While lasers are not as commonly used to clean plastics than the other-mentioned materials, they have been shown to be an effective solution for removing contaminants such as adhesion blockers from certain types of plastic. For example, polypropylene, acrylonitrile-butadiene-styrene copolymer, fibre-reinforced polyurethane and some carbon-fibre reinforced plastics (CFRPs) have all been cleaned successfully using lasers. For many other plastics, however, laser cleaning would likely not be suitable, as it would likely risk causing damage such as carbonisation or melting of the underlying substrate. 

Similar to plastic, certain types of rubber have been cleaned successful using lasers. For example in the automotive industry lasers have been successfully used to clean the inside of tyres in order to bond sensors and other materials to them. However, also similar to plastic, the majority of rubber and elastomeric materials would likely not be as easily cleanable with a laser due the the ease at which they could be damaged. That’s not to say it isn’t impossible, but exceptional care (likely ensured via an automated, rather than handheld, laser cleaning solution) would be needed to achieve the extreme precision required to remove the surface contaminant without damaging the underlying substrate.

While not a common application of the technology, glass is another material that can be cleaned using lasers. Examples include the cleaning of sooted optical windows, the conservation and restoration of cultural heritage stained glass windows, and of course Tesla’s ambitious desire to create laser-based windscreen wipers (

What industries is laser cleaning used in?

Due to its flexibility in both how it can be deployed and the number of materials it can process, laser cleaning is already well-established across a wide range of industries in applications ranging in size from large aircraft down to tiny microchips. 

In the automotive industry, for example, lasers are used to remove the phosphate layer from bevel gears and other parts prior to welding to ensure less spatter and few pores, or to clean tyre and tooling moulds of contamination. For the e-mobility sector, lasers can be used for the pre-treatment of aluminium components in the manufacture of battery housings, or for cleaning copper wires, hairpins and busbars for contacting. 

In the aerospace and maritime industries, where the use of chemical solvents is restricted, the large panels and propellors on aircraft and ships can effectively be stripped of paint, vegetation or algae during regular maintenance using lasers.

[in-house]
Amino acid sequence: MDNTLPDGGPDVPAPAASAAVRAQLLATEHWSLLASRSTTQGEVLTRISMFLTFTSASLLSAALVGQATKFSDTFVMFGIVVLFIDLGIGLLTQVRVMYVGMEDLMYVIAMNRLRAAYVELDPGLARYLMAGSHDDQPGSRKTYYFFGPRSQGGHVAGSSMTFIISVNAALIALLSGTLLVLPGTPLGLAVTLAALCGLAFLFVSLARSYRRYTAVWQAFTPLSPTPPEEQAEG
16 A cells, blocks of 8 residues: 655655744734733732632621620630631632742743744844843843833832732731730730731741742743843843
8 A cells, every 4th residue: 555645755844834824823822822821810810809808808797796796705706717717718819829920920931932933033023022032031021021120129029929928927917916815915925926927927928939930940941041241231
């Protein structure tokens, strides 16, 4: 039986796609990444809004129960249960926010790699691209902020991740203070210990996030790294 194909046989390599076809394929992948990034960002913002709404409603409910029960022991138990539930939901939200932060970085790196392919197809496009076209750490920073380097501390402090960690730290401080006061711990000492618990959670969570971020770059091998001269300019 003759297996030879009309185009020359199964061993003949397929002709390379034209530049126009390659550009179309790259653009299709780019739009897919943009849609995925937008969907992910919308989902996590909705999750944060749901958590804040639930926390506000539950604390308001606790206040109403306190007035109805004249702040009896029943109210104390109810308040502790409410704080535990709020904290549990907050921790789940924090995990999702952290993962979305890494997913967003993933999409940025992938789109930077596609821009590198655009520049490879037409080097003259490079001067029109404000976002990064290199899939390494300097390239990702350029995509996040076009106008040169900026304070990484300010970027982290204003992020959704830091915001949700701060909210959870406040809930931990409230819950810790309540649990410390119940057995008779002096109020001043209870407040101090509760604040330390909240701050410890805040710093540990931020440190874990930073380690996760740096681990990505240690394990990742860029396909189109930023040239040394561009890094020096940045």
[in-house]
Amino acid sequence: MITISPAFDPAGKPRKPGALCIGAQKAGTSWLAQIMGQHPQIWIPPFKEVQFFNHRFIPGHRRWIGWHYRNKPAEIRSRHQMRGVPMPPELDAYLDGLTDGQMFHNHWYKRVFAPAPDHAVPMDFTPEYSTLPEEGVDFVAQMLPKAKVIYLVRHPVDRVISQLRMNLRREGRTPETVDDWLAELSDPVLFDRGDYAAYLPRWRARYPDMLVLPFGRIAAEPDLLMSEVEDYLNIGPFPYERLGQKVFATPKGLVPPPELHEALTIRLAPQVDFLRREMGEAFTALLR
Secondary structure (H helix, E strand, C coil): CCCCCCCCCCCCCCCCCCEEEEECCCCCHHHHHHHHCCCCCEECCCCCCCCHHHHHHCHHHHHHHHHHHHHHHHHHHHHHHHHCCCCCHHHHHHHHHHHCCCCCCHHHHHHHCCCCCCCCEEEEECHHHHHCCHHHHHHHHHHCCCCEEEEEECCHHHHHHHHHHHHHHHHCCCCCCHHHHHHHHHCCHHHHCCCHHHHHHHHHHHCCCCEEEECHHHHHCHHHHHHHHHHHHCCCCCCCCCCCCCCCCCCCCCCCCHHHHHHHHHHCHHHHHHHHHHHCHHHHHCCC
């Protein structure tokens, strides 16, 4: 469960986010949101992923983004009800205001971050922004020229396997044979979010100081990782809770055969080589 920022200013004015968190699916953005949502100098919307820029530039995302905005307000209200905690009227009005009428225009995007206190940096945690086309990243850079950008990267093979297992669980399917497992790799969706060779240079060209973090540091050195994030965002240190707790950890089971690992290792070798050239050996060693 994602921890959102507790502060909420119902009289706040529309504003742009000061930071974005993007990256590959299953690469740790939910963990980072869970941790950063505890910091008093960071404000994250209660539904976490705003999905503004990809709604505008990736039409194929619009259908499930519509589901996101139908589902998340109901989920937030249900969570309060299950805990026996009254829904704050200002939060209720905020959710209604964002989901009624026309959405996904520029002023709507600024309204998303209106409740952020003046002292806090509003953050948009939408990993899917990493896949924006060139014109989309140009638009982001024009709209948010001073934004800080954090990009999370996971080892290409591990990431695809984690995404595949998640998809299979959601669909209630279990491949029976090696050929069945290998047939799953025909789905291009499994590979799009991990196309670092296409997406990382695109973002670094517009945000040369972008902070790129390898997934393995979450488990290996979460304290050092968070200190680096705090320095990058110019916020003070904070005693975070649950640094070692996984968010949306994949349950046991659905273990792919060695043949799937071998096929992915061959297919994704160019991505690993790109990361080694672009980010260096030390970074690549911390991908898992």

In the oil & gas industry, pipelines can be affected by various kinds of build-ups that must be dealt with to ensure uninterrupted operation. Here laser cleaning could be performed remotely by automated robots. The technology poses a particular advantage here due to its lack of consumables, only power would need to be supplied to the robots over the long distances involved.

Laser cleaning can also be performed within an enclosure via automated robots. (Image: Shutterstock/Itsanan)

In the electronics industry, typical applications include cleaning the contact areas of plugs and pads, as well as the removal insulation layers in cables. In addition, before chips are soldered, the component pins must be completely de-oxidised to ensure optimal electrical contact.

In the medical industry, lasers can be used to clean steam steriliser systems, which themselves are used to clean medical tools at high tempartures. In cleaning the tools, contamination can embed itself into the internal surfaces of the steriliser, staining them and promoting corrosion. Lasers offer a quick and efficient way of removing such embeded contaminants.

In the pharmaceutical industry lasers can be used to clean objects such as reactor vessels, agitators, extrusion screws, air treatment, systems, storage tanks, tools, moulds, presses, rolls and conveyors.

Laser cleaning also plays an increasing role in restoration, being used to carefully treat not only stone buildings, statues, monuments and bridges, but also valuable artworks, each of which can be marred by air pollution, dust or soot particles.

What types of laser are used for cleaning?

Nanosecond-pulsed fibre lasers operating in the near-infrared wavelength are most commonly used for laser cleaning. Being able to deliver the beam down an optical fibre enables a wide range of integration possibilities from handheld systems to remote, robot-controlled solutions. The short pulse duration minimises the heat-impact on the underlying substrate being cleaned, while the repetition rate and power can be increased to achieve faster processing speeds. Laser systems offering powers from tens of watts to multiple kilowatts are now available, with handheld systems going all the way up to 3kW in power. Less frequently used for cleaning are direct-diode lasers, excimer lasers, CO2 lasers, continuous-wave lasers and ultrashort-pulse lasers.